In those days the Internet in general and email specifically were still things that only academics and governments used. However, in September of 1993 - the September that never ended - Arpanet was opened up to the public, becoming the Internet2. It didn’t take long for the whole thing to degenerate into the wretched hive of scum and villainy that we know and love today.


So why did email survive the transition to the Internet, when many other protocols, including beloved ones like Usenet, withered and died? And why are people still trying to kill it now, with the likes of Slack or Cisco Spark or Microsoft's Yammer or Salesforce Chatter or whatever?

The key thing about email is that it is extremely simple. If you want (and if you can still find an SMTP server that does not require authentication), you can still send email from the command line in just a couple of lines.

 > telnet mail.domain.ext 25

 Trying ???.???.???.???...

 Connected to mail.domain.ext.

 Escape character is '^]'.

 220 mail.domain.ext ESMTP Sendmail ?version-number?; ?date+time+gmtoffset?


 250 mail.domain.ext Hello [], pleased to meet you

 > MAIL FROM: mail@domain.ext

 250 2.1.0 mail@domain.ext... Sender ok

 > RCPT TO: mail@otherdomain.ext

 250 2.1.0 mail@otherdomain.ext... Recipient ok


 > Subject: This is a subject


 > This is the body of the email

 > .

 250 2.0.0 ???????? Message accepted for delivery


 221 2.0.0 mail.domain.ext closing connection

 Connection closed by foreign host.

Try that with Chatter.

Of course nobody would do that except for a stunt - but this is what is going on in the background of every mail client you would actually use on a regular basis. The simplicity of this protocol means that anyone can implement their own tool, offering specific capabilities. Email clients can be arbitrarily simple or complex, and anyone can choose one that suits their own requirements.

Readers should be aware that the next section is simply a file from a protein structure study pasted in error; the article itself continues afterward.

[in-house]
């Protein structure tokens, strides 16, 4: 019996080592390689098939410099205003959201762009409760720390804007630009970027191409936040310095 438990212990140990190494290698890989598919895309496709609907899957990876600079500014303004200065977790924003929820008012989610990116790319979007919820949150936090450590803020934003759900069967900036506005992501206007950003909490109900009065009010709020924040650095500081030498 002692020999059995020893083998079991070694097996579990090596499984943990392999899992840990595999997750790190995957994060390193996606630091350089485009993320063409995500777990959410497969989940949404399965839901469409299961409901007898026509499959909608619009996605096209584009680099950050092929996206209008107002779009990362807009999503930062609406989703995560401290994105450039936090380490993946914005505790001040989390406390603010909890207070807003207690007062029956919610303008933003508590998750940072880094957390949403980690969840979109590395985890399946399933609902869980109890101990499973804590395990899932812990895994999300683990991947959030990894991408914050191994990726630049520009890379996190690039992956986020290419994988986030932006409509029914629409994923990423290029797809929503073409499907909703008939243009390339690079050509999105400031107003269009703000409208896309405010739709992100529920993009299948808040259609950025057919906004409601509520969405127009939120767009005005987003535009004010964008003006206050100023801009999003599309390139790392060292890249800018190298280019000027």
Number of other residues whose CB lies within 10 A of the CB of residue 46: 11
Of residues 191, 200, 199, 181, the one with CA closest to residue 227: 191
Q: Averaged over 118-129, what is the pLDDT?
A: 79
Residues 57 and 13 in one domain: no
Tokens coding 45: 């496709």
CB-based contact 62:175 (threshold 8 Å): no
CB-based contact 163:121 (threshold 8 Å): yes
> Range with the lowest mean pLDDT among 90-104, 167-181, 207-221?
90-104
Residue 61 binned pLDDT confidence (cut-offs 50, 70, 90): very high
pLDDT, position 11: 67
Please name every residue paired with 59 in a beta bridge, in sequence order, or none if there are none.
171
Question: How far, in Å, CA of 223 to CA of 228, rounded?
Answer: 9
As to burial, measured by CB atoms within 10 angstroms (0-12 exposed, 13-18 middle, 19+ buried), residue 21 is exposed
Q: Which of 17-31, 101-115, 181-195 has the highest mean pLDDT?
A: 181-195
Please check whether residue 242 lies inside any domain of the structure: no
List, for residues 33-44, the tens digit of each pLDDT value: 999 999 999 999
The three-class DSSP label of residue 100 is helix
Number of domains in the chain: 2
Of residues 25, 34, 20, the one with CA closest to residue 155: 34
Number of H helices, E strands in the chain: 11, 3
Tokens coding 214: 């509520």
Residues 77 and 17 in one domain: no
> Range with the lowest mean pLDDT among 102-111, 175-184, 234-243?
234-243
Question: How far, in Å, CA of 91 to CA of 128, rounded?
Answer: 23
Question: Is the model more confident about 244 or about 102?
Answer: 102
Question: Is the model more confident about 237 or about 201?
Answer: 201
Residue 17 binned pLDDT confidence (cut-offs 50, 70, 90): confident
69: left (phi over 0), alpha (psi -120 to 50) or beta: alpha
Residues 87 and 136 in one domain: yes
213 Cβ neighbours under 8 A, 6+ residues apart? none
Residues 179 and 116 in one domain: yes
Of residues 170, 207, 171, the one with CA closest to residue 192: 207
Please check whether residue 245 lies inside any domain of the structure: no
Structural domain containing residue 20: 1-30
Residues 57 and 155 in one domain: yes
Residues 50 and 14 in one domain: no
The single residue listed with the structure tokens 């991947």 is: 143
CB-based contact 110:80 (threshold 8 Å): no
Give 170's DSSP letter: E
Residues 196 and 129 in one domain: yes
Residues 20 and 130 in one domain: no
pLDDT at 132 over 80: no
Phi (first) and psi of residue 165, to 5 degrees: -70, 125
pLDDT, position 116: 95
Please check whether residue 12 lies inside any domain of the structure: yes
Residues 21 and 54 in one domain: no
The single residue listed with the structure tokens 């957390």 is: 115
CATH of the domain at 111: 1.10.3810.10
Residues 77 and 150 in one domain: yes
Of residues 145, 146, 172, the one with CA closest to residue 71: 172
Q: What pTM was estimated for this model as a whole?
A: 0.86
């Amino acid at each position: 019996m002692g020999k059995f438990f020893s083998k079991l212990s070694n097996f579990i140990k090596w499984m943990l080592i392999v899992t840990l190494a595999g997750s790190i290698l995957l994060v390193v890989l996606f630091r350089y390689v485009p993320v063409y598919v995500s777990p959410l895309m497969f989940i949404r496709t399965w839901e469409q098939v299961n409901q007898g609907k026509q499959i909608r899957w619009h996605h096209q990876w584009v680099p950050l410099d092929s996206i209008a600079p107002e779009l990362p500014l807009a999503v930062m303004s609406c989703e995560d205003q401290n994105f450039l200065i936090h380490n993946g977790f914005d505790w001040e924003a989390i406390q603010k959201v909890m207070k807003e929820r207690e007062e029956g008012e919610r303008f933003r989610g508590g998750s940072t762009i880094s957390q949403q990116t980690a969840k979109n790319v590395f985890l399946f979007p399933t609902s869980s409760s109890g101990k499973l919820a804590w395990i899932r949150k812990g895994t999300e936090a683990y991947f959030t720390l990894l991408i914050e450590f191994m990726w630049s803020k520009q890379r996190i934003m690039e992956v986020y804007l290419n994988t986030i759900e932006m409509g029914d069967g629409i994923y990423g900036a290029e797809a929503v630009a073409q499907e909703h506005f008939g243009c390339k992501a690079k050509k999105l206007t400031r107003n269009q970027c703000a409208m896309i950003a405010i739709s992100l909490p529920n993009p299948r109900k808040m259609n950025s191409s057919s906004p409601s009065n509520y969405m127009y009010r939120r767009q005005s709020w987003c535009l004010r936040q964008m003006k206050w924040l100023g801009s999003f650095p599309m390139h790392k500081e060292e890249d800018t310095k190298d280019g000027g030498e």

Email is email is email

One of the consequences of that simplicity is universality and flexibility. Anyone using email can communicate with anyone else, regardless of what client or server software they are using. Email is email is email.

In contrast, most would-be email killers are walled gardens, consisting of a service that is tightly integrated with its client app and does not allow third-party clients. This makes it much harder for innovation to happen, because there is only one provider, and they deliver only the functionality that they want and can build. If you want a feature to be added to Slack, you can’t build your own Slack client; you have to petition Slack to do it, and they choose whether to implement that feature or not.